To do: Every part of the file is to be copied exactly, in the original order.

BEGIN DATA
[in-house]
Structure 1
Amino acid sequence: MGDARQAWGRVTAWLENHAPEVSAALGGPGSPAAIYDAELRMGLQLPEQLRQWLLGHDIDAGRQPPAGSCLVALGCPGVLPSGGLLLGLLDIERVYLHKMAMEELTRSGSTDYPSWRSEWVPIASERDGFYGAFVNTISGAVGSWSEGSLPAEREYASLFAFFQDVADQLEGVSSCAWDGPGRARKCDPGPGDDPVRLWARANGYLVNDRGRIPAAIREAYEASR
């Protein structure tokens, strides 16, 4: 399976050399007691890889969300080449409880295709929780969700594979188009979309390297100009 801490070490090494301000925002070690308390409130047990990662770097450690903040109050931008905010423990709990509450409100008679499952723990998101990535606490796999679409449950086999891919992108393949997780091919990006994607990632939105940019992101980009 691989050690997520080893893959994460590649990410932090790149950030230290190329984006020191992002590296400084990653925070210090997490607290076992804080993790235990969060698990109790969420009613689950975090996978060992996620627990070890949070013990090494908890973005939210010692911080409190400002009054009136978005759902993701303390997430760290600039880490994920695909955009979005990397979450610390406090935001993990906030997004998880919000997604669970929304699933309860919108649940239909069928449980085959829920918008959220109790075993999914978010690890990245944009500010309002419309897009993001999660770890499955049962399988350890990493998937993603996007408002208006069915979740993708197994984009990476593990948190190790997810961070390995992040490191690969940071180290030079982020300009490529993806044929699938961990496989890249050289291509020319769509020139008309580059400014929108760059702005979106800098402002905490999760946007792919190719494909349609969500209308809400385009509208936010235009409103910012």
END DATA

[in-house]
Structure 1
Amino acid sequence: MGDARQAWGRVTAWLENHAPEVSAALGGPGSPAAIYDAELRMGLQLPEQLRQWLLGHDIDAGRQPPAGSCLVALGCPGVLPSGGLLLGLLDIERVYLHKMAMEELTRSGSTDYPSWRSEWVPIASERDGFYGAFVNTISGAVGSWSEGSLPAEREYASLFAFFQDVADQLEGVSSCAWDGPGRARKCDPGPGDDPVRLWARANGYLVNDRGRIPAAIREAYEASR
């Protein structure tokens, strides 16, 4: 399976050399007691890889969300080449409880295709929780969700594979188009979309390297100009 801490070490090494301000925002070690308390409130047990990662770097450690903040109050931008905010423990709990509450409100008679499952723990998101990535606490796999679409449950086999891919992108393949997780091919990006994607990632939105940019992101980009 691989050690997520080893893959994460590649990410932090790149950030230290190329984006020191992002590296400084990653925070210090997490607290076992804080993790235990969060698990109790969420009613689950975090996978060992996620627990070890949070013990090494908890973005939210010692911080409190400002009054009136978005759902993701303390997430760290600039880490994920695909955009979005990397979450610390406090935001993990906030997004998880919000997604669970929304699933309860919108649940239909069928449980085959829920918008959220109790075993999914978010690890990245944009500010309002419309897009993001999660770890499955049962399988350890990493998937993603996007408002208006069915979740993708197994984009990476593990948190190790997810961070390995992040490191690969940071180290030079982020300009490529993806044929699938961990496989890249050289291509020319769509020139008309580059400014929108760059702005979106800098402002905490999760946007792919190719494909349609969500209308809400385009509208936010235009409103910012």